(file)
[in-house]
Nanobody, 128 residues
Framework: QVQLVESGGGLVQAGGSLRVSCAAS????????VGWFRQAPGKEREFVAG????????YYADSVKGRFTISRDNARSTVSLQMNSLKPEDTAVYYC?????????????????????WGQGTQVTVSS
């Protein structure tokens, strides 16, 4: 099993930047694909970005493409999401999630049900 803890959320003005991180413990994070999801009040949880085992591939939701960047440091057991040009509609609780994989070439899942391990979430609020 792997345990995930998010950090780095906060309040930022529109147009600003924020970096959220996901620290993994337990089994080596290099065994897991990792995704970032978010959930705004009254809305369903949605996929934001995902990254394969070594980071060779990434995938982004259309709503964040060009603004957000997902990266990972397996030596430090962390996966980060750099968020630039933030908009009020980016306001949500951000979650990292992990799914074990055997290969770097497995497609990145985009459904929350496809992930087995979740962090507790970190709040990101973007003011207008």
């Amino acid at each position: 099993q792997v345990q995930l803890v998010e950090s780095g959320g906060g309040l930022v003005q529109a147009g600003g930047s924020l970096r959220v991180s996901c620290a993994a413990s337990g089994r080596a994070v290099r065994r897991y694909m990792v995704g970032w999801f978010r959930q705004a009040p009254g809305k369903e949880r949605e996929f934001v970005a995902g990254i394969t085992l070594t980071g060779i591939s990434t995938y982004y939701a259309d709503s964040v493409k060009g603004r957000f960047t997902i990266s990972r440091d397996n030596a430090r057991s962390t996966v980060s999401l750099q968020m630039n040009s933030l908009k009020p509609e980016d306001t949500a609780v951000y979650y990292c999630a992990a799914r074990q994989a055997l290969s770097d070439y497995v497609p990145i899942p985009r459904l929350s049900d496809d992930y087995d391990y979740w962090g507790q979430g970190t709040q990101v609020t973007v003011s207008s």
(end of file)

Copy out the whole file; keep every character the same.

[in-house]
Nanobody, 128 residues
Framework: QVQLVESGGGLVQAGGSLRVSCAAS????????VGWFRQAPGKEREFVAG????????YYADSVKGRFTISRDNARSTVSLQMNSLKPEDTAVYYC?????????????????????WGQGTQVTVSS
């Protein structure tokens, strides 16, 4: 099993930047694909970005493409999401999630049900 803890959320003005991180413990994070999801009040949880085992591939939701960047440091057991040009509609609780994989070439899942391990979430609020 792997345990995930998010950090780095906060309040930022529109147009600003924020970096959220996901620290993994337990089994080596290099065994897991990792995704970032978010959930705004009254809305369903949605996929934001995902990254394969070594980071060779990434995938982004259309709503964040060009603004957000997902990266990972397996030596430090962390996966980060750099968020630039933030908009009020980016306001949500951000979650990292992990799914074990055997290969770097497995497609990145985009459904929350496809992930087995979740962090507790970190709040990101973007003011207008």
């Amino acid at each position: 099993q792997v345990q995930l803890v998010e950090s780095g959320g906060g309040l930022v003005q529109a147009g600003g930047s924020l970096r959220v991180s996901c620290a993994a413990s337990g089994r080596a994070v290099r065994r897991y694909m990792v995704g970032w999801f978010r959930q705004a009040p009254g809305k369903e949880r949605e996929f934001v970005a995902g990254i394969t085992l070594t980071g060779i591939s990434t995938y982004y939701a259309d709503s964040v493409k060009g603004r957000f960047t997902i990266s990972r440091d397996n030596a430090r057991s962390t996966v980060s999401l750099q968020m630039n040009s933030l908009k009020p509609e980016d306001t949500a609780v951000y979650y990292c999630a992990a799914r074990q994989a055997l290969s770097d070439y497995v497609p990145i899942p985009r459904l929350s049900d496809d992930y087995d391990y979740w962090g507790q979430g970190t709040q990101v609020t973007v003011s207008s």